Literary Stalker – Roger Keen *****
You shouldn’t ever confuse an author with his characters, otherwise I imagine you would find Stephen King a very disturbed individual and, judging by how many serial killers operate in the crime fiction genre, you’d need to be wary about attending too many writing festivals, conventions and book signings. I’d even give J K Rowling a wide berth, just to be on the safe side.
I’m fairly sure however that Roger Keen is a nice guy, but you can never know for certain. I mean, how can you really know what goes on in the mind of a writer who imagines indulging in the stalking and brutal murder of critics, so-called friends and literary associates who he believes have ignored and slighted him over the years? Someone who not only imagines killing people in meticulous detail, but who seems to have put an awful lot of research into it. All for the sake of literature of course.
Nick Chatterton (or should that be Roger Keen) not only indulges in such fantasies in Literary Stalker but he also sets about turning it into a great and authentic work of genre fiction, ‘The Facebook Murders‘. His (Jago? Nick? Roger?) inspiration comes from the classic Vincent Price horror movie, Theatre of Blood, the story of a critic who takes bloody revenge on all the critics who have slighted his achievements over the years. In ‘The Facebook Murders‘ Nick, committing murder by novel, vicariously lives out a similar fantasy, his protagonist Jago Farrar exacting bloody revenge on those who have made disparaging remarks about him on social media, or failed to like his author page.
Similar to Edward Lionheart’s methods, Jago takes out his victims one by one not in a series of gruesome Shakespearean killings, but by re-enacting classic movie deaths from films like The Godfather Part II, Reservoir Dogs and Blue Velvet. Just to complicate matters (or rather for a purpose that becomes clear later) Jago, the killer in Nick’s novel, is also writing a novel, ‘Social Media Avenger‘ where he records the details of his revenge killings and the sensations he experiences while carrying them out.
As you will no doubt have gathered by now, Literary Stalker is something of a Russian Doll of a novel and rather more than just a regular genre horror thriller. As well as operating on a metafictional level however, where there is some overlap between where the characters and their creations meet (and none whatsoever with the actual author Roger Keen, I’d be tempted to say, just to be safe), there are several other considerations that go into Literary Stalker that you won’t need a degree in theoretical physics, philosophy, film history and literary studies to pick up on.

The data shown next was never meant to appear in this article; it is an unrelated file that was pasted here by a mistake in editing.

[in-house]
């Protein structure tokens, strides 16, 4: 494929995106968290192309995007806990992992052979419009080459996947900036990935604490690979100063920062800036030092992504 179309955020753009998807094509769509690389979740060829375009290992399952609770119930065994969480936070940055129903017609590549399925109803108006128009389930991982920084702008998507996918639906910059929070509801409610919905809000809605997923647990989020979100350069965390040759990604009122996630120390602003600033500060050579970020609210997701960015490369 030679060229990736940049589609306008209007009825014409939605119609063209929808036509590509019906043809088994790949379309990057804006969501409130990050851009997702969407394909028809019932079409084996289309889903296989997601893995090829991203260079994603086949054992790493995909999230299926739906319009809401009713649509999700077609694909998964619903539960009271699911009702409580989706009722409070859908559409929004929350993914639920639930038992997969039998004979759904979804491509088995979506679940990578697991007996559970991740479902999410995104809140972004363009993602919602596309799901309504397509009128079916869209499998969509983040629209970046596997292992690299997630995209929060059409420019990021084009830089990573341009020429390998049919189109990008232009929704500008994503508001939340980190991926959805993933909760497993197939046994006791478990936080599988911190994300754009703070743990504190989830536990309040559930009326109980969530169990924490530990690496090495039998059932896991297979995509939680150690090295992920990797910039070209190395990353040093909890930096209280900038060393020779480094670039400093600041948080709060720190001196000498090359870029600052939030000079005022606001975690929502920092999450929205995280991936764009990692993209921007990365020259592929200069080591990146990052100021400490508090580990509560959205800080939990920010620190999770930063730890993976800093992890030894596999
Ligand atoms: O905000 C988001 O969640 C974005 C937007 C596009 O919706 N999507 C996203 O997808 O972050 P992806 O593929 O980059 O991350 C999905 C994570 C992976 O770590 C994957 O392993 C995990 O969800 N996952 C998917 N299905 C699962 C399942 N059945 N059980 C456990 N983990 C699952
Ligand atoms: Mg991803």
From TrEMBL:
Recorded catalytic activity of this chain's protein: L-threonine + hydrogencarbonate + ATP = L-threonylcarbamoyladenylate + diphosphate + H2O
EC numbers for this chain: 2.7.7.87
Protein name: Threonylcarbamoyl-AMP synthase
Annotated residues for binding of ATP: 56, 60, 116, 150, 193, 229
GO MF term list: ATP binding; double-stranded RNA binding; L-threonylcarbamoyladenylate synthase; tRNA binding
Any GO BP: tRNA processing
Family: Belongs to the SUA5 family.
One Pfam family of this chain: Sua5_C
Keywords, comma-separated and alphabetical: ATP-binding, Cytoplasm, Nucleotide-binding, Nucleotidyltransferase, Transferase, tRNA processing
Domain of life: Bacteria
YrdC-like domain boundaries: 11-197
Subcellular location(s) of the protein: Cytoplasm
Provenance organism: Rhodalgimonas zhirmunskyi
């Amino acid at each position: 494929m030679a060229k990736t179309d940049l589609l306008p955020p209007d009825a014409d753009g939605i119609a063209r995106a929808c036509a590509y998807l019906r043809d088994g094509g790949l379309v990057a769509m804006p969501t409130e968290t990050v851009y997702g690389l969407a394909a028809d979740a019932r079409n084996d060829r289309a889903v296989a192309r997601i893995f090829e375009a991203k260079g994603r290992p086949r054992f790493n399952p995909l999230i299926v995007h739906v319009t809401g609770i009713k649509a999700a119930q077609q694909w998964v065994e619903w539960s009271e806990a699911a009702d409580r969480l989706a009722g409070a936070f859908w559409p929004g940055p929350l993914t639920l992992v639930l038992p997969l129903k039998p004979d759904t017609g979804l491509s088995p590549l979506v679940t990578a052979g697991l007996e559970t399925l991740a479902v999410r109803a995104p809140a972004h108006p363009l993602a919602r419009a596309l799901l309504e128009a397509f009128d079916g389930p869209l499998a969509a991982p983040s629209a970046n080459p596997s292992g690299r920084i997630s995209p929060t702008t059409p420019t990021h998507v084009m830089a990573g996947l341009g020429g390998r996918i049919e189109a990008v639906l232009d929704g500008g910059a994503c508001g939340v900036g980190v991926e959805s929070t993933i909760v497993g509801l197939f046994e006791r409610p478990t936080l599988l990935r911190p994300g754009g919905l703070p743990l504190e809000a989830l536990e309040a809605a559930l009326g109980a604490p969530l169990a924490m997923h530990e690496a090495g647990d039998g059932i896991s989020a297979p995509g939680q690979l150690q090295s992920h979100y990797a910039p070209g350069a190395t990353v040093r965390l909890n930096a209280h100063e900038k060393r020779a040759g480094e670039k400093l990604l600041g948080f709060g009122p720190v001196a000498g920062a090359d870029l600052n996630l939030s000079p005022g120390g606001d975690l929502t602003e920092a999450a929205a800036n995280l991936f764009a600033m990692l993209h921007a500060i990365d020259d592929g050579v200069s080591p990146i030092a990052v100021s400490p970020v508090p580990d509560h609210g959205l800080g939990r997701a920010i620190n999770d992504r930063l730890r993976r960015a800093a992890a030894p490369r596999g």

One is indeed the question of where the writer and his creation overlap, if at all. Surely in order to be authentic, the author must identify to some degree with his character or at least understand him? Literary Stalker also opens up the question of influences and creativity when we live in a less innocent information age with instant accessibility to all the classics of literature and cinema and can’t but be in awe of them. How can one not acknowledge or reference where we get such ideas from, and how can one avoid plagiarism? In some respects, Nick is a cultural sponge of genre material but he’s also (or believes he is) a literary innovator extending boundaries; a fearless explorer whose one great contribution is to write genre from a position of complete honesty and authenticity and call out all the fakes…
…and settle a few scores along the way. And, ultimately, while it might be fun to speculate on the overlap/overspill between reality and fantasy, and spot all the cinematic references, this is where Roger Keen’s novel must ultimately be judged. Fortunately, even if you take a straight line and settle on Nick Chatterton as the authentic narrator of the book, a gay writer hell-bent on stalking and settling scores with famous horror writer Hugh Canford-Eversleigh, Literary Stalker works wonderfully as a genre thriller with a delightfully absurd comic edge. Whatever way you look at it, Literary Stalker is a clever piece of genre writing, self-aware and self-critical, but uncompromisingly entertaining. If there are any criticisms to be made about the novel, it would take a braver reviewer than me willing to risk pointing them out to the author.
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